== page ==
Banks vs. Fintech: who dares, wins!

Decalia Asset Management is a Geneva based asset manager.

It has been a rough few years for banks. First, the credit crisis destroyed years of profits.

Next, the sovereign debt crisis led to liquidity issues. Finally, regulators forced banks to increase capital, including their equity base.

Seven lean years and a couple of major scandals later, banks were likely hoping to be rewarded with seven years of plenty. Instead, they now watch helplessly as myriads of small, aggressive start-ups harness new technologies to claim a piece of the financial services pie!

This “FinTech” trend takes advantage of three disruptions: first, smart devices enable easy access to service platforms that are relatively cheap to build; second, regulated activities (credit, payments) are opening up; and third, the incumbents’ economic model is vulnerable.

Indeed, universal banks have developed cross-subsidies within their services, a model that appears increasingly outdated.

New FinTech players are slashing prices in the most profitable business lines and leaving the loss-leaders (checking accounts, etc.) to the banks. Nevertheless, banks have not lost the game yet, as they still control millions of clients!

We see two possible scenarios, which guide our investments in financial services, especially in connection to our millennials theme:

• Pharma/biotech scenario: Large incumbents became integrators by acquiring successful biotechs. Major Pharmas thus gained from no longer managing risky, expensive R&D, while the prospect of a nice payoff was an incentive for biotech entrepreneurs.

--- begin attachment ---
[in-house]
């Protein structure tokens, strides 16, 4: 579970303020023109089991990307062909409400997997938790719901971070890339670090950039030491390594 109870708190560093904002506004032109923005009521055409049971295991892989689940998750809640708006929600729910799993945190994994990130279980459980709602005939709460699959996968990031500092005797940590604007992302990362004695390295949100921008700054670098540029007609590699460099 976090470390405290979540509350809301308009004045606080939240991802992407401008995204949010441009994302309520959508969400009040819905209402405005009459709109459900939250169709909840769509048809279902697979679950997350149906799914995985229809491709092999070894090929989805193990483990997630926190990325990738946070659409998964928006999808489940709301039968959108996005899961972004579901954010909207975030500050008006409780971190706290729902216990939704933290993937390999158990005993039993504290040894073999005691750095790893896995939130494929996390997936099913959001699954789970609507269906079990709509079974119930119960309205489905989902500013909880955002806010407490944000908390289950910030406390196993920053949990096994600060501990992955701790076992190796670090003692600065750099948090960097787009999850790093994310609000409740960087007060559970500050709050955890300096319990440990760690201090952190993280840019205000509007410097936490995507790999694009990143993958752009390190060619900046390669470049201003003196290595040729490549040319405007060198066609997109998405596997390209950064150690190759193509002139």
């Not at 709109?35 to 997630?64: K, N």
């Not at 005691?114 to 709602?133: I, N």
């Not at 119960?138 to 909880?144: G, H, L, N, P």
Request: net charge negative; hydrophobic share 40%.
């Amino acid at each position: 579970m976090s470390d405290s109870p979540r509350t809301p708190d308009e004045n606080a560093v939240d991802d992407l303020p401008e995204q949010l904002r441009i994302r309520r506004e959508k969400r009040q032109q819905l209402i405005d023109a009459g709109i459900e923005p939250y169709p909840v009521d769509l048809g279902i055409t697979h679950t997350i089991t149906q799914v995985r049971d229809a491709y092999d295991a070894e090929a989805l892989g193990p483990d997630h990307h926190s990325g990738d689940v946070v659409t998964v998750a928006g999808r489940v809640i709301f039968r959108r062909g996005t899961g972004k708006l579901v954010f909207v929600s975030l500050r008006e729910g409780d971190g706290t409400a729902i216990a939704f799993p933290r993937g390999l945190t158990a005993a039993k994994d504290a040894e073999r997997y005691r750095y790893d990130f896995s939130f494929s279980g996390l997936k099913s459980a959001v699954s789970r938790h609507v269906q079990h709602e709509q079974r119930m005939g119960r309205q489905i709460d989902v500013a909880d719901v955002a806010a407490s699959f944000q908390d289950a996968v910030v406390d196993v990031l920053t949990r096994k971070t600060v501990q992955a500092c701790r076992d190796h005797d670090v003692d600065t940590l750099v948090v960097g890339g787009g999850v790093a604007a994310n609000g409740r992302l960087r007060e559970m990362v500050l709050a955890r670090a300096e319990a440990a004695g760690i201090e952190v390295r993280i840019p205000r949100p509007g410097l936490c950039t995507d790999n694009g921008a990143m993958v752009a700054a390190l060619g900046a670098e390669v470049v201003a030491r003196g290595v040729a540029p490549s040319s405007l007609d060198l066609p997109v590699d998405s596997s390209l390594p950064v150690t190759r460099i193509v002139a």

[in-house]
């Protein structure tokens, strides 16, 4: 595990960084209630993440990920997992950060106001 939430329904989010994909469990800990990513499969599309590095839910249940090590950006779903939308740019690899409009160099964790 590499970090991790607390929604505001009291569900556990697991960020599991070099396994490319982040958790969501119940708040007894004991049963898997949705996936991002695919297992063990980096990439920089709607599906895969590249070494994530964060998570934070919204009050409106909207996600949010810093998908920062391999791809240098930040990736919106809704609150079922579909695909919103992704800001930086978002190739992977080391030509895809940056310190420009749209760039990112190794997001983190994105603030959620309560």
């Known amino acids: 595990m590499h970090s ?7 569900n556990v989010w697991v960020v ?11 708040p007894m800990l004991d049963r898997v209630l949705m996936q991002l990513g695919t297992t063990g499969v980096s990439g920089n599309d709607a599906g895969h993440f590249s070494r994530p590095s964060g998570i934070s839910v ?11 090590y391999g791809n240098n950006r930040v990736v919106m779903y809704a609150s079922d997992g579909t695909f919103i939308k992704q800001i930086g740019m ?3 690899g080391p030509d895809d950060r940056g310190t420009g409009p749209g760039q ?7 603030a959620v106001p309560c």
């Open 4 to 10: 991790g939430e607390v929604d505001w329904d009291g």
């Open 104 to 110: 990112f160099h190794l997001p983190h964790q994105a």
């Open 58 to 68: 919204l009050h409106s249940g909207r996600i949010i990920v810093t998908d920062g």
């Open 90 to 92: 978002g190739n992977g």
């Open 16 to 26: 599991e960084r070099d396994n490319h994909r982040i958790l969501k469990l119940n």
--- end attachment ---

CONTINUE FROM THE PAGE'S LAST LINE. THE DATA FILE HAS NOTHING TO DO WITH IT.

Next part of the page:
• Telecom scenario: Some innovative mobile players managed to become majors themselves without being acquired. Prices and margins fell, and large, non-flexible incumbents suffered.

Client acquisition costs will thus likely define the future face of the banking industry.

However, regardless of which scenario unfolds, we believe that Fintech stocks should be relative winners, whether as valuable strategic takeover targets or as successful, cost-efficient industry consolidators.

In that perspective, we favour disruptive bank business models, such as Fineco Bank and Virgin Money, but also innovative leaders in the fast-growing e-payment space.

Adrien Paredes-Vanheule
Adrien Paredes-Vanheule is deputy editor and French-Speaking Europe Correspondent for InvestmentEurope, covering France, Belgium, Geneva and Monaco. Prior to joining InvestmentEurope, he spent almost five years writing for various publications in Monaco, primarily as a criminal and financial court reporter. Before that, he worked for newspapers and radio stations in France, in particular in Lyon.

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